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Archive for July, 2019

Threat To State Old Age Pensions By Fine Gael Minister carried out in Budget

All Pensioners on Contributory and Non-Contributory Old Age Pensions To Be Confined to Minimum Essential Standard of Living in their Old Age After A lifelong Contribution to Irish Society According to Minister Regina Doherty

“All State pensions should not be equal”, says Minister

——————————————————————-

Pensioners will be €168 worse off next year due to inflation.  Siptu economist Michael Taft said pensioners would need an extra €168 a year added to their payments to keep pace with inflation.

Anne-Marie Walsh, Irish Independent, 

Pensioners will be €168 a year worse off due to price hikes next year after failing to get another €5 in the Budget.

The Government’s forecasted increase in the cost of living would wipe €3.22 a week – or €168 a year – off the value of the full contributory pension in 2020.

Inflation is set to jump from 0.9pc this year to 1.3pc next year, and 1.4pc in 2021, according to the Government’s Economic and Fiscal Statement released on Budget day.

The pension would therefore have to rise by the same amount to keep up with predicted price rises.

Siptu economist Michael Taft said pensioners would need an extra €168 a year added to their payments to keep pace with inflation.

“The failure to, at a minimum, increase weekly payments by the level of price increases means that pensioners – and all those reliant on social protection payments – will suffer a cut in living standards,” said Mr Taft, who addressed a Nevin Economic Research Institute seminar on Budget 2020 in Dublin yesterday.

“There is no doubt this will increase poverty.

“This is the logical result of the Government’s failure to protect those on the lowest incomes.”

He said although there was a €2 a week hike in the fuel allowance and it is paid to many pensioners, not all get it as it is means tested.

However, he said the allowance would not make much of an impact on incomes as it only covers a limited number of weeks over the winter.

Mr Taft said it contrasts sharply with a big tax break for those set to inherit up to €350,000. “It’s nice enough if you have that coming down the line,” he said.

He called for a supplementary budget if there is an “orderly” Brexit because the Government’s calculations were based on a worst case scenario.

Age Action spokesperson Corona Joyce said Budget 2020 eroded the gains that the previous four budgets gave to older people.

“Budget 2020 did not offer the majority of older people the support they need to meet the rising cost of living that is anticipated by the impacts of Brexit and an expected increase in inflation,” she said.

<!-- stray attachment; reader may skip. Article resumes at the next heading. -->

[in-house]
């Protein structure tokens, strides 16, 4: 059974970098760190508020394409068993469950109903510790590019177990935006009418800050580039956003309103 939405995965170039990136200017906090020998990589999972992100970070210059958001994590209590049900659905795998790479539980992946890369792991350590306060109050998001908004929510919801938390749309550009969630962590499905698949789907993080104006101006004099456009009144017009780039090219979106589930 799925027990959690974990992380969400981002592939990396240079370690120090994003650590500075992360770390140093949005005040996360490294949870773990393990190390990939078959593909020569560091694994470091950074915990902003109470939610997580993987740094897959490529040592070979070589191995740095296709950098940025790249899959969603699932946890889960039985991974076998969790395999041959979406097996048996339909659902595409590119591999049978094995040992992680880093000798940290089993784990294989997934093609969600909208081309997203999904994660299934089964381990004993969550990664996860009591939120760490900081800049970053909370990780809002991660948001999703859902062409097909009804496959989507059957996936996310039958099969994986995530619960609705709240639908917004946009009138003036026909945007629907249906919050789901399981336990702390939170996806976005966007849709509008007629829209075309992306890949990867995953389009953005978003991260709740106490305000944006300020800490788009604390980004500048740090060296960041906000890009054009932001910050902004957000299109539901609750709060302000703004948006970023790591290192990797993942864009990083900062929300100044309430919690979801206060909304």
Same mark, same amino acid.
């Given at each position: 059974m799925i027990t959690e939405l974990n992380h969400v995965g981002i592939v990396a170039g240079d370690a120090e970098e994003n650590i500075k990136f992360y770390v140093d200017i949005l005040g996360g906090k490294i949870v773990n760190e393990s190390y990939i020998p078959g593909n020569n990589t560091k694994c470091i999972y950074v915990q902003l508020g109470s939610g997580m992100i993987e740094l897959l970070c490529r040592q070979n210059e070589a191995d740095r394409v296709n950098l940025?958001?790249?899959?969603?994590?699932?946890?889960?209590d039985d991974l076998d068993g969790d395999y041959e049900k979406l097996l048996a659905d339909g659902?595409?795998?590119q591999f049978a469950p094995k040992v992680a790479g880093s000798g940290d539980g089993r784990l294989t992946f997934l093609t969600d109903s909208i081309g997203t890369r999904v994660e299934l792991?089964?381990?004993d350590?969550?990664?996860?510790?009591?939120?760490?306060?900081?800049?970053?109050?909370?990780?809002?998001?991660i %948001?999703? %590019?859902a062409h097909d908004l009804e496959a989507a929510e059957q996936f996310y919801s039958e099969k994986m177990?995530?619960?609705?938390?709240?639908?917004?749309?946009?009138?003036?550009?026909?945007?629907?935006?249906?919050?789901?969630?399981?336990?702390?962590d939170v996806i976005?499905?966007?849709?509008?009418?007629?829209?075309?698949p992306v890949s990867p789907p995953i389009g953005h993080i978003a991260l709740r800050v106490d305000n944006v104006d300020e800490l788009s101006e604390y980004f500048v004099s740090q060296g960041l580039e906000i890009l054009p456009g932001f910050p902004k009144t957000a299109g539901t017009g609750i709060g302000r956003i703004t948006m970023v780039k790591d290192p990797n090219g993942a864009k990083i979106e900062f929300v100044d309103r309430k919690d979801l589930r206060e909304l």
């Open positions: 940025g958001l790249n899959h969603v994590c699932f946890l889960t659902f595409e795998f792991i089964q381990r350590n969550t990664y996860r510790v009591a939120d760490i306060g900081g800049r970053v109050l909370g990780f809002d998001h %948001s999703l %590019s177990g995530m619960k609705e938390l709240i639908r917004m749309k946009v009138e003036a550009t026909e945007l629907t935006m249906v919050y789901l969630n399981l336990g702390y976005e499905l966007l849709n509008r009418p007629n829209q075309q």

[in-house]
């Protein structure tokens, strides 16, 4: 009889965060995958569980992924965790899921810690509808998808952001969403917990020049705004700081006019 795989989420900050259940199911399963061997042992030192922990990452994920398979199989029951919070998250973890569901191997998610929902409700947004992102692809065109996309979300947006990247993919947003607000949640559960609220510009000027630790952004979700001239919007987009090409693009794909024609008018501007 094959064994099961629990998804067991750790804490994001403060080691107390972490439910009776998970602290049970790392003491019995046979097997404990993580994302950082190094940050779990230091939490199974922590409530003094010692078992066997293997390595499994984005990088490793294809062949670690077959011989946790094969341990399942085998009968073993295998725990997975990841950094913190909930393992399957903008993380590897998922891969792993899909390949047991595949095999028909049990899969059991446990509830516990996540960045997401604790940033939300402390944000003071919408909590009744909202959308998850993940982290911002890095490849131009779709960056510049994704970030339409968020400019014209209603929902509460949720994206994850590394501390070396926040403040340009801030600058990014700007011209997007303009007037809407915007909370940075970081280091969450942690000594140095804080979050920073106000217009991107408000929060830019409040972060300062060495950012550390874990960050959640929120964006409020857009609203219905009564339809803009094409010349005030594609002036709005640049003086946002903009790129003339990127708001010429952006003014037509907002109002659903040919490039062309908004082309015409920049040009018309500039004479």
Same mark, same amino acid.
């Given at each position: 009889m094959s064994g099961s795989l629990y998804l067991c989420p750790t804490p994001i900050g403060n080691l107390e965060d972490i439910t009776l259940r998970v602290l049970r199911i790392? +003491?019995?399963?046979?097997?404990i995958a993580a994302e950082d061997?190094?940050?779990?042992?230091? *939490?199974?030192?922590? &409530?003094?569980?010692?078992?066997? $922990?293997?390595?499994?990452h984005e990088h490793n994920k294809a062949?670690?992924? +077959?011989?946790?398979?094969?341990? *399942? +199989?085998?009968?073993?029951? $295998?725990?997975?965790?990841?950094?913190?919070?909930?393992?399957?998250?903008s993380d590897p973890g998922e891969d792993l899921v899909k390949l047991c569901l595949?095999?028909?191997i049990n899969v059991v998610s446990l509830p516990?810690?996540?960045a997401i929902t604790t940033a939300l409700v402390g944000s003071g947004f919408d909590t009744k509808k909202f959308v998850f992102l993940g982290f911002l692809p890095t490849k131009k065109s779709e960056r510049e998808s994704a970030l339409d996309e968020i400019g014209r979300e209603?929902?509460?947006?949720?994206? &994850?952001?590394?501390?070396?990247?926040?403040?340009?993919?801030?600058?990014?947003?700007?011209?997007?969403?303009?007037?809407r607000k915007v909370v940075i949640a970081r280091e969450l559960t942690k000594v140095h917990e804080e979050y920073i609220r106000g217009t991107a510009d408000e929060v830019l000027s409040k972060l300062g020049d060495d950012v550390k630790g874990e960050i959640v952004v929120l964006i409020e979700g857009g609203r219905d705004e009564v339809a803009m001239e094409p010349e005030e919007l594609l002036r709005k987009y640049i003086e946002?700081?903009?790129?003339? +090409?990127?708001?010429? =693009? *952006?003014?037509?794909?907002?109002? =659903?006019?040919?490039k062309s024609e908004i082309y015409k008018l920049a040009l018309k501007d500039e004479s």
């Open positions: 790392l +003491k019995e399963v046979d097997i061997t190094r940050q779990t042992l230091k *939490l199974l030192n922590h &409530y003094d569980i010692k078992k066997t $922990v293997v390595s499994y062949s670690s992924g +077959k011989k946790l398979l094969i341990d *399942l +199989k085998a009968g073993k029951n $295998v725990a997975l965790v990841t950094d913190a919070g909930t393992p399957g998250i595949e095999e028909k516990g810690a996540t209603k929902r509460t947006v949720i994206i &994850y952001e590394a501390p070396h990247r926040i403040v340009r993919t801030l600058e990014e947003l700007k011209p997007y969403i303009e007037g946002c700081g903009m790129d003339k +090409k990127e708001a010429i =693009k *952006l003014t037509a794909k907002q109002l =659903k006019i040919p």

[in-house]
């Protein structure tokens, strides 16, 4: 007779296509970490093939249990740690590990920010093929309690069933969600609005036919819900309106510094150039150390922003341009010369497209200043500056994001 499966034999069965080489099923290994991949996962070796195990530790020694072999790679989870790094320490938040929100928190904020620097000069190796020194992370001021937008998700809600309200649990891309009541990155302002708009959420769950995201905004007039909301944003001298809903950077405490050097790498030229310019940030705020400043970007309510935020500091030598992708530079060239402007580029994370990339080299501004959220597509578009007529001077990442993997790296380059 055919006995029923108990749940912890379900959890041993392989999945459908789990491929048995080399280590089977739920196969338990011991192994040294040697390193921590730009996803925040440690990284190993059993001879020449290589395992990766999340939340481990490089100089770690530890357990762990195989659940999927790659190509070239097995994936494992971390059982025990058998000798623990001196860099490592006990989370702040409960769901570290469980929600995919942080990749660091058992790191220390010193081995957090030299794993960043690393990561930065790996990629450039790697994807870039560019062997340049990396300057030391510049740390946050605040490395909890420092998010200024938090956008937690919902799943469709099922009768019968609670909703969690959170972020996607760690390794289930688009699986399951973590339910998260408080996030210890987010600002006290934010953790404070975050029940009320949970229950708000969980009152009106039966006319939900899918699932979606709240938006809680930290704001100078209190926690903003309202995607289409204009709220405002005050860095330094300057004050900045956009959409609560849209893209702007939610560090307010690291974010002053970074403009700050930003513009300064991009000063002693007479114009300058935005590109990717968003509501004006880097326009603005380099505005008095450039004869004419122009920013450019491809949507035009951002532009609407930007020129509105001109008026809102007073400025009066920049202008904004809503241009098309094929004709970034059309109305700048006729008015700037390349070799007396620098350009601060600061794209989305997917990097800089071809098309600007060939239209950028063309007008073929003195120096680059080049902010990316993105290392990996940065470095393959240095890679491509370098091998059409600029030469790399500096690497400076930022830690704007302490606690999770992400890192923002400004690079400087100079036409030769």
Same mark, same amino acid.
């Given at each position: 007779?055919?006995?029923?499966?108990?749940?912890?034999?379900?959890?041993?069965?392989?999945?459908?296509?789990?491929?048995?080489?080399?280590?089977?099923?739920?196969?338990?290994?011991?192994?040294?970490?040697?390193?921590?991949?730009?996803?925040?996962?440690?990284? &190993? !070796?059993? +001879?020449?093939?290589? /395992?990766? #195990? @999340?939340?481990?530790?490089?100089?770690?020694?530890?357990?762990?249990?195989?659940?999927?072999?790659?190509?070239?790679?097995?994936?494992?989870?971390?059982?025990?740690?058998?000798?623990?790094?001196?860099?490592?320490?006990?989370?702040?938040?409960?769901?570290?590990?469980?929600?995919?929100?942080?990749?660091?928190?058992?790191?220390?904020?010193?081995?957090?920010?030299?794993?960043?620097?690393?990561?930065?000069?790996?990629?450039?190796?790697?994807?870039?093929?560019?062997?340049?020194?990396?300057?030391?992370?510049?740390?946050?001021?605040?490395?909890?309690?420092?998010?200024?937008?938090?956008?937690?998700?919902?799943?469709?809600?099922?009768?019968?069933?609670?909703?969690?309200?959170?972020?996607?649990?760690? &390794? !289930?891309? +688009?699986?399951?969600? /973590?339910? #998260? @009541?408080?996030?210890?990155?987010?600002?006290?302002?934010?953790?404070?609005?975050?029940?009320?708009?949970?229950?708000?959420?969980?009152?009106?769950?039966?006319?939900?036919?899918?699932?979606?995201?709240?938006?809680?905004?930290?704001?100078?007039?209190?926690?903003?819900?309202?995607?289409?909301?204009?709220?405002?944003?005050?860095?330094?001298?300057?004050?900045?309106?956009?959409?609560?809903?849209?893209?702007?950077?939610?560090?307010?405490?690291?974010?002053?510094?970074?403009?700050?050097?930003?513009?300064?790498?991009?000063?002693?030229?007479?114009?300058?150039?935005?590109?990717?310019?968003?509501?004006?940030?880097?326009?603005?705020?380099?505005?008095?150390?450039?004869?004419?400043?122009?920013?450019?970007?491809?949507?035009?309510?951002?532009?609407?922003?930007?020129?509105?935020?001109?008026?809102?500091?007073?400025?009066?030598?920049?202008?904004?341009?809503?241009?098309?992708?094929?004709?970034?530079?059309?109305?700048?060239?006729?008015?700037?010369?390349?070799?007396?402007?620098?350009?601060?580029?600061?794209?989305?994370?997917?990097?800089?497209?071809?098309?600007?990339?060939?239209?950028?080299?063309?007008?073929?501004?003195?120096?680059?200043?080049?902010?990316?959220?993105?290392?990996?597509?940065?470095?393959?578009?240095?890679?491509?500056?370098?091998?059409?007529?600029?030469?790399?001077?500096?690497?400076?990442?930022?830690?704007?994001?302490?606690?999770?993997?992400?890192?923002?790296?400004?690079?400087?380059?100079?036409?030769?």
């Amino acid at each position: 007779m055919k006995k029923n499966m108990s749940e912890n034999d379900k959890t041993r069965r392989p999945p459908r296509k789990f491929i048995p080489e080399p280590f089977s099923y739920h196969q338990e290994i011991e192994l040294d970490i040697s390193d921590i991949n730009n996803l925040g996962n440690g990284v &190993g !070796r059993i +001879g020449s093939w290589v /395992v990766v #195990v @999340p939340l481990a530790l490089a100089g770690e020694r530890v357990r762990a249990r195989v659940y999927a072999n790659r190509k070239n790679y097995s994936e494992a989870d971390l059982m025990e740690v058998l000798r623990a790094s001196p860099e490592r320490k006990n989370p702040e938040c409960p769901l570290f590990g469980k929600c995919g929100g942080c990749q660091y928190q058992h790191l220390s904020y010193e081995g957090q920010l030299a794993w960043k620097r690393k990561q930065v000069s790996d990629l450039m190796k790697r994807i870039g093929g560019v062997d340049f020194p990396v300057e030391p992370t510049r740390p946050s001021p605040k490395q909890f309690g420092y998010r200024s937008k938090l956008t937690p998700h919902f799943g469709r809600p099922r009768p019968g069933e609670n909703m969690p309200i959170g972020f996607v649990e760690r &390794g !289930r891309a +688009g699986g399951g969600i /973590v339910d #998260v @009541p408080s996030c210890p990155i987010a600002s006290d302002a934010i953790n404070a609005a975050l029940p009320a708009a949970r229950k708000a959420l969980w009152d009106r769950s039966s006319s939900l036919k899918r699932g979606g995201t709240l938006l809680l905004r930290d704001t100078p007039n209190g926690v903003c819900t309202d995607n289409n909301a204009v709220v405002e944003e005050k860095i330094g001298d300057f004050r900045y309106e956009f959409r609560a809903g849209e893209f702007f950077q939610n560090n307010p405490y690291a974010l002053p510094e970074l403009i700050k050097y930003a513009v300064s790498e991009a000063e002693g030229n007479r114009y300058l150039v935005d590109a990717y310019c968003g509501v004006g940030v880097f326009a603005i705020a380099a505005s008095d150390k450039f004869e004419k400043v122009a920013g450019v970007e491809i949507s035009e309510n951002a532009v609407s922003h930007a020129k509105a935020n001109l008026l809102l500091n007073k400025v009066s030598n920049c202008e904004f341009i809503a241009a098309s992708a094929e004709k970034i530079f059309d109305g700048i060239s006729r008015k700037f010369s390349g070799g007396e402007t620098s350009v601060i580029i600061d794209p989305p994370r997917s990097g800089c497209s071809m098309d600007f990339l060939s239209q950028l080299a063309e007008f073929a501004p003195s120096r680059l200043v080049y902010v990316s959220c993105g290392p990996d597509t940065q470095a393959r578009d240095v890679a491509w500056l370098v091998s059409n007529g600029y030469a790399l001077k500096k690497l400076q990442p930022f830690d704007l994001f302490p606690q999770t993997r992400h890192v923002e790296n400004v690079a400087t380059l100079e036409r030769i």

“For example a person over 80, not living alone, received €1.08 per week to cope with Brexit, the carbon tax increase and rising cost of living.”

Michelle Murphy of Social Justice Ireland said welfare recipients will be left behind if rates don’t keep track with increases elsewhere in the economy.

Meanwhile, economist Robert Sweeney of social change think tank, TASC, said tax cuts in recent times have increased the Government’s reliance on corporation tax.

——————————————————————-Government To Give No Priority to Social Welfare rises In Next Election if Brexit Deal Agreed between EU and UK

Tax Cuts to be Prioritised Instead!

Donohoe  said once Brexit is clear – particularly if there’s a deal – ” it will be possible to continue to make progress on reducing the point at which taxpayers pay the higher rate of income tax.” And he signalled that it will be a central part of Fine Gael’s next election manifesto

Government Snatched over 1 Billion Euro from Social Insurance fund in 2019 to be used for purposes other than Social Welfare Payments  https://wp.me/pKzXa-1ma

PRSI TAX STRATEGY GROUP July 2019

Social Insurance Fund(SIF) income and expenditure, 2016 to 2019.

outturn 2016   outturn 2017  2018 outturn (provisional) 2019 REV estimate

€ Millions          € Millions                € Millions                € Millions

SIF income                       9,217                 9,816                 10,625                            11,240

SIF expenditure                8,764                  9,086                 9,491                              9,803

Surplus                               453                    730                    1,135                              1,436

The Total Increase in all Social Welfare payments in 2019  will be  361.6 million including the 5 Euro per week budgetary increase in maximum payments

The excess of Social Insurance Contributions over Total Contributory Social Insurance Benefits was FOUR TIMES THIS FIGURE at 1.436 BILLION

If the number at work and pay increases continue in 2020 as in 2019, the government will snatch over 2 billion euro from the fund as the 5 Euro increase in maximum rates has been discontinued.

The contributions to the Social Insurance Fund come from employees and employers. As the employer contribution is a labour cost it effectively comes from the labour of employees.

Budget 2020 to hit poorer households harder – Economic and Social Research Institute